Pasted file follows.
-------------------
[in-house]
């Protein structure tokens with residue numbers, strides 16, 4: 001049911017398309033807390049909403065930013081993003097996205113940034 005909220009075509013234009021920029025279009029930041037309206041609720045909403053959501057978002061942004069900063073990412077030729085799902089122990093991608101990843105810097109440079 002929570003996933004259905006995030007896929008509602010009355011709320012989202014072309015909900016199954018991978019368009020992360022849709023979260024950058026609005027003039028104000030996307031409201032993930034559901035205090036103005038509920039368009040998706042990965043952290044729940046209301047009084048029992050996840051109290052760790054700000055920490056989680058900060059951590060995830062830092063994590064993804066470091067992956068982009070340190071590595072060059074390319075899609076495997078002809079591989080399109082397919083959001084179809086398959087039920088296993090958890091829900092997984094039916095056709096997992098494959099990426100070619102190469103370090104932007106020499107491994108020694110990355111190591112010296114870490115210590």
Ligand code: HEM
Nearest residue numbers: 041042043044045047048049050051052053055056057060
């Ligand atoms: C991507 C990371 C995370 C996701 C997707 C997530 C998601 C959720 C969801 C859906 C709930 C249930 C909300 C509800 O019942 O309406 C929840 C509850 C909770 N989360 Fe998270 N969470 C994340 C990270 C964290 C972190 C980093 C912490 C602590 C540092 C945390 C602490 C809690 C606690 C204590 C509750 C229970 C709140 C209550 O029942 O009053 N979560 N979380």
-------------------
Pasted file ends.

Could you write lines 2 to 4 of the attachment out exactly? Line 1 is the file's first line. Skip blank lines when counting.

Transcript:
């Protein structure tokens with residue numbers, strides 16, 4: 001049911017398309033807390049909403065930013081993003097996205113940034 005909220009075509013234009021920029025279009029930041037309206041609720045909403053959501057978002061942004069900063073990412077030729085799902089122990093991608101990843105810097109440079 002929570003996933004259905006995030007896929008509602010009355011709320012989202014072309015909900016199954018991978019368009020992360022849709023979260024950058026609005027003039028104000030996307031409201032993930034559901035205090036103005038509920039368009040998706042990965043952290044729940046209301047009084048029992050996840051109290052760790054700000055920490056989680058900060059951590060995830062830092063994590064993804066470091067992956068982009070340190071590595072060059074390319075899609076495997078002809079591989080399109082397919083959001084179809086398959087039920088296993090958890091829900092997984094039916095056709096997992098494959099990426100070619102190469103370090104932007106020499107491994108020694110990355111190591112010296114870490115210590």
Ligand code: HEM
Nearest residue numbers: 041042043044045047048049050051052053055056057060